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Translation Companies Aren’t Good at Translating Themselves

I read today that the translation firm RWS Group has changed its name to ENLASO Corporation. Now I understand that the letters RWS hardly roll off the tongue, but is ENLASO any major improvement?


According to the press release, the new name “was created to convey the nature of the company’s enterprise language solutions, language experts, resources, and quality processes.”


Will someone see the name ENLASO and think “enterprise language solutions”? I doubt it. While I don’t see the name change as a big step backwards, but it’s certainly not a big step forward. And redesigning the Web site, letterhead, business cards, etc. is not a trivial expense.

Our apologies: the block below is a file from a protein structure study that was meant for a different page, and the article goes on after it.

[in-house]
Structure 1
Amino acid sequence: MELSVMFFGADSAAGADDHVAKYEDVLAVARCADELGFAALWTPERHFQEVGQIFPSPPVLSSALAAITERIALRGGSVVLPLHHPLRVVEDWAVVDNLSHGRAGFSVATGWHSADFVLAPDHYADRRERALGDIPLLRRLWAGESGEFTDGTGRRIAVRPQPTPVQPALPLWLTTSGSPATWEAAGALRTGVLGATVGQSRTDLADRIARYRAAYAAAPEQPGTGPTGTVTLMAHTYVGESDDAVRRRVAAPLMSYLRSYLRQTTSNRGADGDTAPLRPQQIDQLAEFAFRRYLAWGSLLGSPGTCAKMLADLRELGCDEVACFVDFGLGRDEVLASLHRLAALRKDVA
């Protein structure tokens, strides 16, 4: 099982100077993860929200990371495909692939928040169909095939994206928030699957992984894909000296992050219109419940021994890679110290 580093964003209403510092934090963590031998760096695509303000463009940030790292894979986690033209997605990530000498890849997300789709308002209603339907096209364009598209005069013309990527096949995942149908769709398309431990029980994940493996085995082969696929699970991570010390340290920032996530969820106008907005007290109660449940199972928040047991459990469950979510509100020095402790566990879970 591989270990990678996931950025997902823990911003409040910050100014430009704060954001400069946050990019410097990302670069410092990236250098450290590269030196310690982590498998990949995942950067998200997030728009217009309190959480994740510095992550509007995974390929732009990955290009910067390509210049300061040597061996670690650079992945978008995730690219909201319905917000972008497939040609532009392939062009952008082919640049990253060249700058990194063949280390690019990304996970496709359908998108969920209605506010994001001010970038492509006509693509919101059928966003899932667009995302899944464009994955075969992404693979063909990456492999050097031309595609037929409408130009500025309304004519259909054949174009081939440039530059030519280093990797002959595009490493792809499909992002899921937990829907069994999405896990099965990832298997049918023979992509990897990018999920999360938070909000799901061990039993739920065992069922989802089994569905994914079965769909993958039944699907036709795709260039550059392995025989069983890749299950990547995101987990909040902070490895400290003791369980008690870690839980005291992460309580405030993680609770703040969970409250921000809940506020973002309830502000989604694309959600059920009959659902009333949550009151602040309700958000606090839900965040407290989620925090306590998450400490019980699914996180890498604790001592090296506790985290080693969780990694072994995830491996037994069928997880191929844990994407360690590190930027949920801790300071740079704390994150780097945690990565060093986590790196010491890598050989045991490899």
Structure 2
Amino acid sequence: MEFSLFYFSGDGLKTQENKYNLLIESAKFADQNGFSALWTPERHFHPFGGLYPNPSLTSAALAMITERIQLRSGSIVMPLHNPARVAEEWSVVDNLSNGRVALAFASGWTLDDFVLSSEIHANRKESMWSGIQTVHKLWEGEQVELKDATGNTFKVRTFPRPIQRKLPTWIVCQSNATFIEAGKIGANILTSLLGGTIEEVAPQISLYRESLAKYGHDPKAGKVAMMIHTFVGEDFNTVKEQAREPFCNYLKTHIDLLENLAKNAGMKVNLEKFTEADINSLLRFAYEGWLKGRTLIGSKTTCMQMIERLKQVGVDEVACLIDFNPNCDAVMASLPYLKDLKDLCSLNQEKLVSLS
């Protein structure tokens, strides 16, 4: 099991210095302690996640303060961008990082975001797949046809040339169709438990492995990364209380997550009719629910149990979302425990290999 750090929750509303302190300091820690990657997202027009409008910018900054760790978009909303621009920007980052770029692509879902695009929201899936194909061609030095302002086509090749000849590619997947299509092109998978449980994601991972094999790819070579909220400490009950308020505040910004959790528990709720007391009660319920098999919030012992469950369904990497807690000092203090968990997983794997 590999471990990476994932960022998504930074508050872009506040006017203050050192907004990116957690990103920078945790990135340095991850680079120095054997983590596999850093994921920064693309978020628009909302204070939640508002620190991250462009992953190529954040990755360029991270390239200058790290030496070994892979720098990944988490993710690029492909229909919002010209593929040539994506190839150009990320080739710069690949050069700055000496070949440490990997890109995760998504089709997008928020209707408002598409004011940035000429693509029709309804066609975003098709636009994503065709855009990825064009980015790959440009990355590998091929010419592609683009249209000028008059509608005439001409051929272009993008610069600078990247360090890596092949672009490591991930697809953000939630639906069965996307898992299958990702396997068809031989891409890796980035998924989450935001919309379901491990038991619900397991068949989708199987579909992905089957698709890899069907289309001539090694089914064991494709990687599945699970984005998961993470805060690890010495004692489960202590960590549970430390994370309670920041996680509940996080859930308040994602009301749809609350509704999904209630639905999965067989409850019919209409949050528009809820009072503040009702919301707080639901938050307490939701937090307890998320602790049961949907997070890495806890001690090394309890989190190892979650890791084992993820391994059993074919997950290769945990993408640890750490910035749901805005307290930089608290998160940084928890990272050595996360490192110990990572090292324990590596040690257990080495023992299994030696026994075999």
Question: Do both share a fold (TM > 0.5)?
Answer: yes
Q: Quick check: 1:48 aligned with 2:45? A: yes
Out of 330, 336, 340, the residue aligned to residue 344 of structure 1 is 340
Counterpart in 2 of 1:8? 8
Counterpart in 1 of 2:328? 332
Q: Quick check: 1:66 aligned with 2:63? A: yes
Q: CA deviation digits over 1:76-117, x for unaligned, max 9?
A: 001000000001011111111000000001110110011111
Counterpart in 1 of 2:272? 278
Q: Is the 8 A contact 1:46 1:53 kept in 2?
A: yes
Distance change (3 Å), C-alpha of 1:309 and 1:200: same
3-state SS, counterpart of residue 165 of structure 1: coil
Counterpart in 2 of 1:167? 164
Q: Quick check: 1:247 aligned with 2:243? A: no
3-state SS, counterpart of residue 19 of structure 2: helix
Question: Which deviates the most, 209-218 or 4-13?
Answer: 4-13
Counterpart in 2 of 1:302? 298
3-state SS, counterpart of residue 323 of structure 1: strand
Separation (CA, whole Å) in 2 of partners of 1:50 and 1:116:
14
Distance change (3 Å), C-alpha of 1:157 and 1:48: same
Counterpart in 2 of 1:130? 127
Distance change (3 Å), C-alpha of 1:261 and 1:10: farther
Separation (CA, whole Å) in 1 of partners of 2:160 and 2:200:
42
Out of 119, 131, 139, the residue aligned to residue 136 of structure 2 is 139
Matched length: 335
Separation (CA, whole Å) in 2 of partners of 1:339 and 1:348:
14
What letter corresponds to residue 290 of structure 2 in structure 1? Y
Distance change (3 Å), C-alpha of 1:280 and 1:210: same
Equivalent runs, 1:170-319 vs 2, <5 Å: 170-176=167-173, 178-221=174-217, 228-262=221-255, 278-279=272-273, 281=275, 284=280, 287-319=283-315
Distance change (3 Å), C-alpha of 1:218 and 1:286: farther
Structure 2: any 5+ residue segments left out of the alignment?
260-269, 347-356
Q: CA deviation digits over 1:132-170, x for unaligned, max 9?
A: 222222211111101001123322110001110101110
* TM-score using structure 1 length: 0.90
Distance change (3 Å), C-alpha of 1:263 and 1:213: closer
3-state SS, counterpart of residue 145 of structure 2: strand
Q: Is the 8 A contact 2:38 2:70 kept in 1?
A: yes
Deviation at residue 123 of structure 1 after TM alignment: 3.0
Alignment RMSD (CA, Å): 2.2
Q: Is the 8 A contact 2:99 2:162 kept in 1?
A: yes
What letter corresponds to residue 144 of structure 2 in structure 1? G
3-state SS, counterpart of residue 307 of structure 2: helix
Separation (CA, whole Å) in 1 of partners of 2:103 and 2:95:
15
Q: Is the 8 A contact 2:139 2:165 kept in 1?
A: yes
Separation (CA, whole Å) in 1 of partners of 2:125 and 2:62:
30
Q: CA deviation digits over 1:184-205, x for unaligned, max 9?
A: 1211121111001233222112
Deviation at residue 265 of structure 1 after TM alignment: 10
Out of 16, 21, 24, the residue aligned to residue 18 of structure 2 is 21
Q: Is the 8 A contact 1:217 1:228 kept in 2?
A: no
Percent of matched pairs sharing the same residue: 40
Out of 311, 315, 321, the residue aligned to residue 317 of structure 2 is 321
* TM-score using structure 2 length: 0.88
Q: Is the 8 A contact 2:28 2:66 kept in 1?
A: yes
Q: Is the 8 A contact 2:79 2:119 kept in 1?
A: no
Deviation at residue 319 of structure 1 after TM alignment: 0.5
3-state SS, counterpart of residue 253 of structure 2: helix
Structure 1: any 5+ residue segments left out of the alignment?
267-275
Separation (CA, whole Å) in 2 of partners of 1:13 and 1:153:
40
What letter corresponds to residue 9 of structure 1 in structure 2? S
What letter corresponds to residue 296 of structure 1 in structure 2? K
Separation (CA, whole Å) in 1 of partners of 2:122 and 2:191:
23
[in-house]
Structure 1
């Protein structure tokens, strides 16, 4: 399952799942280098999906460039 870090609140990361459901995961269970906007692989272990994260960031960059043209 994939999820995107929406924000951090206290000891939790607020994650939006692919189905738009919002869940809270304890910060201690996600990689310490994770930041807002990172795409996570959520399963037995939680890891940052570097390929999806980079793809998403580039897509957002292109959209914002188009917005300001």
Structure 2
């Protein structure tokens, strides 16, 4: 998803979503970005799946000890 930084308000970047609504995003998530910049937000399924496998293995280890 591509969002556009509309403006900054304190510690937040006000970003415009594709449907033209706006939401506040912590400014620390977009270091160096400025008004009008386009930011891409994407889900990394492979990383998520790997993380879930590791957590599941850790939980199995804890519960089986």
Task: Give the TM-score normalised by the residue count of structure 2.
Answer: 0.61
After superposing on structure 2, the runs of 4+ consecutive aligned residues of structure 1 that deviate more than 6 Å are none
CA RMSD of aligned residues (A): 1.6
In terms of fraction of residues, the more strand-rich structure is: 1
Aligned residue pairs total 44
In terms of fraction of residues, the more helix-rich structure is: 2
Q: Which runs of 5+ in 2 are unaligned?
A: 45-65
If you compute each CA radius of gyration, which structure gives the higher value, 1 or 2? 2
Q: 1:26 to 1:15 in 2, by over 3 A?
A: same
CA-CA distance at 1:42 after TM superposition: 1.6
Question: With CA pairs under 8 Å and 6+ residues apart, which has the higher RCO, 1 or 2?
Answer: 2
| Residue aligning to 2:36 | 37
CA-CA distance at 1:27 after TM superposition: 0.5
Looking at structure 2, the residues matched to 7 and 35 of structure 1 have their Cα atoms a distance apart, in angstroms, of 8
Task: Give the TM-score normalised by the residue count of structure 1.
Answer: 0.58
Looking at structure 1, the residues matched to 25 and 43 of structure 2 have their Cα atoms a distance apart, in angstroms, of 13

This announcement hits on a theme I’ve been returning to again and again over the years — translation agencies, with a few exceptions, do not speak the language of their customers.

When a customer says, “I want to globalize my Web site,” an agency will often reply, “You mean, you want to internationalize and then localize your Web site.” I started using the term Web globalization a long time ago simply because this was the one term that most customers understood; many people within the industry still resist using it. And did you know that the world’s second largest translation agency, Lionbridge, got its name by playing off the abbreviation for localization (L10n)?


People within the industry know this, but I wonder how many of their customers know, or care.

The name business is tricky, and I could be wrong — ENLASO could be a hit. And it’s always good news for business card industry.

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John Yunker
John is co-founder of Byte Level Research and author of . He has published 14 annual editions of The Web Globalization Report Card and is also co-founder of Ashland Creek Press.
John Yunker
John Yunker

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